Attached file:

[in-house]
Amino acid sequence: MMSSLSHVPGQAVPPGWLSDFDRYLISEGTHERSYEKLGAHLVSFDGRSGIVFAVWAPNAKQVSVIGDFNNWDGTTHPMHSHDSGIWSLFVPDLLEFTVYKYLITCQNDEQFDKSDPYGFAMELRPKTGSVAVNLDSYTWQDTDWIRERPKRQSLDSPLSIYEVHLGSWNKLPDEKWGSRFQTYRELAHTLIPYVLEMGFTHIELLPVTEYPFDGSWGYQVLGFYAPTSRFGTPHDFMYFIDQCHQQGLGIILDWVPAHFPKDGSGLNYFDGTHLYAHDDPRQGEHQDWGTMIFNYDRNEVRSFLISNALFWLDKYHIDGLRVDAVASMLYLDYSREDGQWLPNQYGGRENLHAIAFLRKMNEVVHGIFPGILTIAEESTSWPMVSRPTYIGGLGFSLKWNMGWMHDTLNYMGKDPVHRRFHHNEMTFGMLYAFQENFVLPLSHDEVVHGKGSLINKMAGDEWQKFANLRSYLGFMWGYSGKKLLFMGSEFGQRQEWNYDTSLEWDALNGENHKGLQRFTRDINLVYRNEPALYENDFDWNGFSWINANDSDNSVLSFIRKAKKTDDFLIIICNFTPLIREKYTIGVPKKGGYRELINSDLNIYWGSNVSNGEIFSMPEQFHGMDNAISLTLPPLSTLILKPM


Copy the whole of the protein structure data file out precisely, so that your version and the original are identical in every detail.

[in-house]
Amino acid sequence: MMSSLSHVPGQAVPPGWLSDFDRYLISEGTHERSYEKLGAHLVSFDGRSGIVFAVWAPNAKQVSVIGDFNNWDGTTHPMHSHDSGIWSLFVPDLLEFTVYKYLITCQNDEQFDKSDPYGFAMELRPKTGSVAVNLDSYTWQDTDWIRERPKRQSLDSPLSIYEVHLGSWNKLPDEKWGSRFQTYRELAHTLIPYVLEMGFTHIELLPVTEYPFDGSWGYQVLGFYAPTSRFGTPHDFMYFIDQCHQQGLGIILDWVPAHFPKDGSGLNYFDGTHLYAHDDPRQGEHQDWGTMIFNYDRNEVRSFLISNALFWLDKYHIDGLRVDAVASMLYLDYSREDGQWLPNQYGGRENLHAIAFLRKMNEVVHGIFPGILTIAEESTSWPMVSRPTYIGGLGFSLKWNMGWMHDTLNYMGKDPVHRRFHHNEMTFGMLYAFQENFVLPLSHDEVVHGKGSLINKMAGDEWQKFANLRSYLGFMWGYSGKKLLFMGSEFGQRQEWNYDTSLEWDALNGENHKGLQRFTRDINLVYRNEPALYENDFDWNGFSWINANDSDNSVLSFIRKAKKTDDFLIIICNFTPLIREKYTIGVPKKGGYRELINSDLNIYWGSNVSNGEIFSMPEQFHGMDNAISLTLPPLSTLILKPM